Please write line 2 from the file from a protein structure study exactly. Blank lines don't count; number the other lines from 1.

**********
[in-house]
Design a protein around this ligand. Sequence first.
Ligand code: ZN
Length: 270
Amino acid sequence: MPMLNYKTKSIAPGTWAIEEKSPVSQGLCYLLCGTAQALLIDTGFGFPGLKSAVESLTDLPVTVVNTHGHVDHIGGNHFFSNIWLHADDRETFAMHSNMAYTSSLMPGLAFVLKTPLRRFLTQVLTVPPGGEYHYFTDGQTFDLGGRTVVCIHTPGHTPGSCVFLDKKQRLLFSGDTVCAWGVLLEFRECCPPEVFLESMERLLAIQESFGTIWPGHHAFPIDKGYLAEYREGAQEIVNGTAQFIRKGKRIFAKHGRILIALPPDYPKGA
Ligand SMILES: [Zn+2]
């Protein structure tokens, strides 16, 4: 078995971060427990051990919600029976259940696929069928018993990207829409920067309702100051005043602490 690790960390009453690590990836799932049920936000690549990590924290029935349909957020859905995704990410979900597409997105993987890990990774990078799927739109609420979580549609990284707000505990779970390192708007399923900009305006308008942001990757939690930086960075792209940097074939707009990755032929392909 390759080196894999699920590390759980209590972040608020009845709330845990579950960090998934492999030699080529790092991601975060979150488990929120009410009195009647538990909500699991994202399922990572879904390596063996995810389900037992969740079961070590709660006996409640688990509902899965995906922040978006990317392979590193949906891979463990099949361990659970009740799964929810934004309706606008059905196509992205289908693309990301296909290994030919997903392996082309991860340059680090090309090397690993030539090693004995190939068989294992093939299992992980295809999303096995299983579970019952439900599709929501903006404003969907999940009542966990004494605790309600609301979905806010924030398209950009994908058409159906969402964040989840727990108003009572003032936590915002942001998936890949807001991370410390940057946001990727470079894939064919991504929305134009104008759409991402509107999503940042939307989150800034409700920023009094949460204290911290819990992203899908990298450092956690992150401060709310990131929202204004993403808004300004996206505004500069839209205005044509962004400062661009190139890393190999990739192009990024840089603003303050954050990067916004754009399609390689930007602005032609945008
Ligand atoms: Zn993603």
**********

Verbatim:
Design a protein around this ligand. Sequence first.